India’s Darjeeling tense after separatist leader’s murder

Afp May 22, 2010

KOLKATA: Tension gripped the eastern Indian hill town of Darjeeling with the murder Friday of a separatist leader campaigning for a new state for ethnic Nepalese speakers, police said.

Security in the tea-growing region in West Bengal was stepped up after Madan Tamang, president of the All India Gorkha League, was fatally stabbed as he was about to address a public meeting. “Tamang was repeatedly stabbed with swords and kukris,” police inspector general Surojit Kar Purokayastha told AFP. “He died on the way to hospital.”

Kukris are the traditional curved knives used by the Gorkha people. India’s Gorkha community is from the same ethnic group as the similarly spelt Gurkhas in Nepal who serve in the Indian and British armies. It was not immediately clear who was responsible for the attack, although Tamang was reportedly at odds with another separatist faction fighting for a Gorkha state called Gorkhaland. The deputy leader of the rival faction, Roshan Giri, told AFP that his party had no hand in the attack. “Violence has no place in our movement,” he said.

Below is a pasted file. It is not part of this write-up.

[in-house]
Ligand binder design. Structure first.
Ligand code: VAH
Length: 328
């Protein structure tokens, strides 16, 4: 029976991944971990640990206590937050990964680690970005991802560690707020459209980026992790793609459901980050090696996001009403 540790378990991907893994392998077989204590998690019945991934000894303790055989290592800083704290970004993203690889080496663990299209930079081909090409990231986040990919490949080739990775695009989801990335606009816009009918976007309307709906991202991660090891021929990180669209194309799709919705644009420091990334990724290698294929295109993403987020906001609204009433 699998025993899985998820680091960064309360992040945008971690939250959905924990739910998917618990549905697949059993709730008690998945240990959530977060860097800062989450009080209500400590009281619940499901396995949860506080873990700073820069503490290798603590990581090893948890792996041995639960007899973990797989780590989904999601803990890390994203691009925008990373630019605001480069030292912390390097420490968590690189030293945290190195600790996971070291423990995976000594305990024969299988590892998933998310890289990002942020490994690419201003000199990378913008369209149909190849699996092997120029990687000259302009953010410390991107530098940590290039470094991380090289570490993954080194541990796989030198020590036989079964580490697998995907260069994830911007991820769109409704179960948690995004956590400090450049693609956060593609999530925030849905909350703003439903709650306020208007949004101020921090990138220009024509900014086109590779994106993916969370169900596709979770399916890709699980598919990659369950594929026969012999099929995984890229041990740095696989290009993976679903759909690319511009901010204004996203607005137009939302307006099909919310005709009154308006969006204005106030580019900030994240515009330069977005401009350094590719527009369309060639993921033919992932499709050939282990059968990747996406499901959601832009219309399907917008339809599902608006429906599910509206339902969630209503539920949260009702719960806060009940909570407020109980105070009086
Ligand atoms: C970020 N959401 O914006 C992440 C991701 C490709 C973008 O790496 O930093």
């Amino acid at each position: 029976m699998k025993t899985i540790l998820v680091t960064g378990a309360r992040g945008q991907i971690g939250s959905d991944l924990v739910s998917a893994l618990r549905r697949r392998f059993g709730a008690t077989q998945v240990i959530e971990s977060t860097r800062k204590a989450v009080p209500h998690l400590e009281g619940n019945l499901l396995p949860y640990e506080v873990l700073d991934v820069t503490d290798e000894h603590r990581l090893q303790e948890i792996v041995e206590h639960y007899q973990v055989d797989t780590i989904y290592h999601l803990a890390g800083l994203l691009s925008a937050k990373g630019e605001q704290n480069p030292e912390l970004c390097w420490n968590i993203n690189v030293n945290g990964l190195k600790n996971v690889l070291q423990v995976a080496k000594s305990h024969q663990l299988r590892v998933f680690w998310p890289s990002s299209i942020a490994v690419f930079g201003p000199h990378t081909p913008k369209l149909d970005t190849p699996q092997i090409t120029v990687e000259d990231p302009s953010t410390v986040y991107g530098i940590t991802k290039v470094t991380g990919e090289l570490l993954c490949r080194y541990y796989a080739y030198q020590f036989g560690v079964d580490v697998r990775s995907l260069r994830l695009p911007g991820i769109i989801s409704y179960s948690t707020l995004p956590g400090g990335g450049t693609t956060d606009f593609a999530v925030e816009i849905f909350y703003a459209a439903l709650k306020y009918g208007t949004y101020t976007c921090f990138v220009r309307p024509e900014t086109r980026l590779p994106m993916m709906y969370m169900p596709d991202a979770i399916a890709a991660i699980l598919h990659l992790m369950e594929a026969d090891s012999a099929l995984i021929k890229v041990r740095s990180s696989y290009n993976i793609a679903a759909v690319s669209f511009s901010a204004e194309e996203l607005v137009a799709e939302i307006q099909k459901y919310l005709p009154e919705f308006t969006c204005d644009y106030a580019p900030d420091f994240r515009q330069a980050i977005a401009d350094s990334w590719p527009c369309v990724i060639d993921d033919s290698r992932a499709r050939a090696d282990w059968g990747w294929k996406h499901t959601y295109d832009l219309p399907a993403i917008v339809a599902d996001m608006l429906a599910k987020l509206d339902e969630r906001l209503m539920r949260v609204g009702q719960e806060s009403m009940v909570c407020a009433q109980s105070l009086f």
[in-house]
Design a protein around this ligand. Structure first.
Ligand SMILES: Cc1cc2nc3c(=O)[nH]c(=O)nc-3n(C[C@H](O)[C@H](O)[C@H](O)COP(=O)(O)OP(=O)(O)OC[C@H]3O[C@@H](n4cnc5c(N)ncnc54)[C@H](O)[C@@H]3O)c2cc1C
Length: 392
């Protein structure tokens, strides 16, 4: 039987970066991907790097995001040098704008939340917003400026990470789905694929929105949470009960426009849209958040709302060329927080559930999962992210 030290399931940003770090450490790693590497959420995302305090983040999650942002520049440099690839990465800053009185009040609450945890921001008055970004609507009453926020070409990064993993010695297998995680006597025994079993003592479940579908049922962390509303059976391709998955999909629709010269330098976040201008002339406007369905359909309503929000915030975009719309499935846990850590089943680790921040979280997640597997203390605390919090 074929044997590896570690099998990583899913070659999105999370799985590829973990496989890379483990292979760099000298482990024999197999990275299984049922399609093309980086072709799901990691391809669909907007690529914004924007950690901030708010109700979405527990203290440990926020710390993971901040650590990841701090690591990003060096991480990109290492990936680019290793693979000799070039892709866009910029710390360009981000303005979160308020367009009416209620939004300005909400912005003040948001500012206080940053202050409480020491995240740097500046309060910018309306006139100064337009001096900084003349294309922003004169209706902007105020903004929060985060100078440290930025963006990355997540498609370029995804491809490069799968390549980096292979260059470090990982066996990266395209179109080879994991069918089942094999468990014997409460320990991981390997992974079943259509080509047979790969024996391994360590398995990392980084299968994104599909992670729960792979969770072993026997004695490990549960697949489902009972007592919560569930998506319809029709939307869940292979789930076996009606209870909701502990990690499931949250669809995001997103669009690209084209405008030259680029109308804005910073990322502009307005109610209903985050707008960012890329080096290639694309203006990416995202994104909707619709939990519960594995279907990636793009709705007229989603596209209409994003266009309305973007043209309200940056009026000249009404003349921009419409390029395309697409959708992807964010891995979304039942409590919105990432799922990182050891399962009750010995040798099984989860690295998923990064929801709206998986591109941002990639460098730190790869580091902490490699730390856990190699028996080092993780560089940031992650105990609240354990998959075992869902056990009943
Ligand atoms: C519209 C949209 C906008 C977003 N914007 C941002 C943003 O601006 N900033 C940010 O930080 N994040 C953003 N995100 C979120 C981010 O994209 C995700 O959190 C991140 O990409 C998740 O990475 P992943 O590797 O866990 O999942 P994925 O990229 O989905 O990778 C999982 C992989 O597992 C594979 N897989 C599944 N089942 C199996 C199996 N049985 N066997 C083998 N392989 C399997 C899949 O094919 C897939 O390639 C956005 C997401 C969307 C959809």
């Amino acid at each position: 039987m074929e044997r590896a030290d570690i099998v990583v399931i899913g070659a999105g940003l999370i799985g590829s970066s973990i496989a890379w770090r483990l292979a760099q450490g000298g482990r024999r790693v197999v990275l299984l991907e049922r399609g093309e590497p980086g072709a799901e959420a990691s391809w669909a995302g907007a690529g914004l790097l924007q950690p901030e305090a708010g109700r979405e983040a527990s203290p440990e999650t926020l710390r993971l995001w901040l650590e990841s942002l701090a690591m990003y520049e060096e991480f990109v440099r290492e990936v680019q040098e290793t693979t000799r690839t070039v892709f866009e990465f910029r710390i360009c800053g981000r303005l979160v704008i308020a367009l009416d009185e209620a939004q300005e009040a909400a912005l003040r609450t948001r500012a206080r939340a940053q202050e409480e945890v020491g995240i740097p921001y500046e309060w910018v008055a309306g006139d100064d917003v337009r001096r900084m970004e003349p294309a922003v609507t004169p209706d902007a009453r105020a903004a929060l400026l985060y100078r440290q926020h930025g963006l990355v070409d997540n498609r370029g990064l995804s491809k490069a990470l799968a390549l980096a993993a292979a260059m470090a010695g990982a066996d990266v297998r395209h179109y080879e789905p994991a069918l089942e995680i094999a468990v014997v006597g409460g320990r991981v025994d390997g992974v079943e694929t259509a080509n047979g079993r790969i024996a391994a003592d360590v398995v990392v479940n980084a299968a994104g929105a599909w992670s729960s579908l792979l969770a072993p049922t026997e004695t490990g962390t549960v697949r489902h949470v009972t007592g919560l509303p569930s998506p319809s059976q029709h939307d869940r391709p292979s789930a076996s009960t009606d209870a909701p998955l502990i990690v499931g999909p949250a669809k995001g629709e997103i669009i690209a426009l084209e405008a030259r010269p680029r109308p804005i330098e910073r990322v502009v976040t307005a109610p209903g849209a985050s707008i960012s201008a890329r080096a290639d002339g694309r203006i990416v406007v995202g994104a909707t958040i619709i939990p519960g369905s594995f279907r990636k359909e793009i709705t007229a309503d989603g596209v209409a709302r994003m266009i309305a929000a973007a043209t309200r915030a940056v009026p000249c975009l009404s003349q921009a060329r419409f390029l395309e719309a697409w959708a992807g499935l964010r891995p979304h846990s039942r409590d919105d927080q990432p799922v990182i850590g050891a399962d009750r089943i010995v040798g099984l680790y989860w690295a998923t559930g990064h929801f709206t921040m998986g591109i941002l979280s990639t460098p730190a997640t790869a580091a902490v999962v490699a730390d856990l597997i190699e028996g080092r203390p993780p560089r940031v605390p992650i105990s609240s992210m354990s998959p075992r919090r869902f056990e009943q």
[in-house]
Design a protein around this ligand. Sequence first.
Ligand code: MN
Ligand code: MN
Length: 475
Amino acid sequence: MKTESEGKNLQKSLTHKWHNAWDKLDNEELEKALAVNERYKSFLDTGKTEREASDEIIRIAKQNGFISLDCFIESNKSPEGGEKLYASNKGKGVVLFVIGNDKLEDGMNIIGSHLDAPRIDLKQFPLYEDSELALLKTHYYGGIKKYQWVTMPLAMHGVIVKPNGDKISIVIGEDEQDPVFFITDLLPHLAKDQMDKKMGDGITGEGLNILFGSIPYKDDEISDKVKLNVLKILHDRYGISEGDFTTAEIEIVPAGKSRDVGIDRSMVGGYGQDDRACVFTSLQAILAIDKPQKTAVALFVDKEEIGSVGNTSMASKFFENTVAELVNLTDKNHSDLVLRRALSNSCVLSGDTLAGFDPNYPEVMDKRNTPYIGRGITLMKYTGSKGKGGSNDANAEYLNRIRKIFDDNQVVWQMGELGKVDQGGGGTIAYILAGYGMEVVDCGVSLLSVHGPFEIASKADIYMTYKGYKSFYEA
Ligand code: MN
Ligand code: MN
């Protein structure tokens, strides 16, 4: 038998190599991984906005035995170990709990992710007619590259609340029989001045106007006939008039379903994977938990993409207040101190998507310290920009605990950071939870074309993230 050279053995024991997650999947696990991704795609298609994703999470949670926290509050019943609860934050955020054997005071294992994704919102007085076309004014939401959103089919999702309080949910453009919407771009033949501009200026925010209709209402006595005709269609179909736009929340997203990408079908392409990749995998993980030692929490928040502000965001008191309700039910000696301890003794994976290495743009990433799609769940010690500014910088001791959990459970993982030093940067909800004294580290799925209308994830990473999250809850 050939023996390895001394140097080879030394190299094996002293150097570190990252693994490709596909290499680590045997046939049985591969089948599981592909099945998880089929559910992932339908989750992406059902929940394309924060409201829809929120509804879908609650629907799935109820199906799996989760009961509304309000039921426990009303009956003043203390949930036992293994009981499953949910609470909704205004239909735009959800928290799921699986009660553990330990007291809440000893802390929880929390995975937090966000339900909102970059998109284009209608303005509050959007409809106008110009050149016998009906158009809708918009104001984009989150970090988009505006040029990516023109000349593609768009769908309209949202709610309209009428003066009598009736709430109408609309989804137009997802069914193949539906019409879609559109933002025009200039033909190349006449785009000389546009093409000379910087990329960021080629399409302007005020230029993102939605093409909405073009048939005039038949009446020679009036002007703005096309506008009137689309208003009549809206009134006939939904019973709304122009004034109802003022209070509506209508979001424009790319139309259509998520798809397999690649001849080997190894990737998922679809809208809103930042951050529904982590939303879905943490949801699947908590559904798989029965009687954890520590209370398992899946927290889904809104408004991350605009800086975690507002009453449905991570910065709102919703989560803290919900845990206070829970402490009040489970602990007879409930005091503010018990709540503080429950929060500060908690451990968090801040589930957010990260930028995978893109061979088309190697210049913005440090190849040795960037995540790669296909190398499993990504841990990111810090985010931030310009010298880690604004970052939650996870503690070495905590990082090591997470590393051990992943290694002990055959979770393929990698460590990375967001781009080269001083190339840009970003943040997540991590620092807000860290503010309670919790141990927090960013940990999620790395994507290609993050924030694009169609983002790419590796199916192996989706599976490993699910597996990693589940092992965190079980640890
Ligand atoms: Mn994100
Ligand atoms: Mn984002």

Shops and business establishments downed shutters immediately and West Bengal Urban Development Minister Asoke Bhattacharya said local police had been put on alert. The Gorkhas say they deserve a separate state within India as they have a distinct culture and speak a different language. Many blame the West Bengal government for the dismal state of roads and lack of job opportunities. Darjeeling, wedged between Nepal and Bhutan, saw the start of an armed struggle for Gorkhaland in the early 1980s.

It claimed the lives of at least 1,000 people but ended in 1988 with the federal government granting limited autonomy to the million-plus ethnic Nepalese Gorkhas. The demand for Gorkhaland was revived three years ago as a movement that favoured peaceful protest over violence.

Published in the Express Tribune, May 22nd, 2010.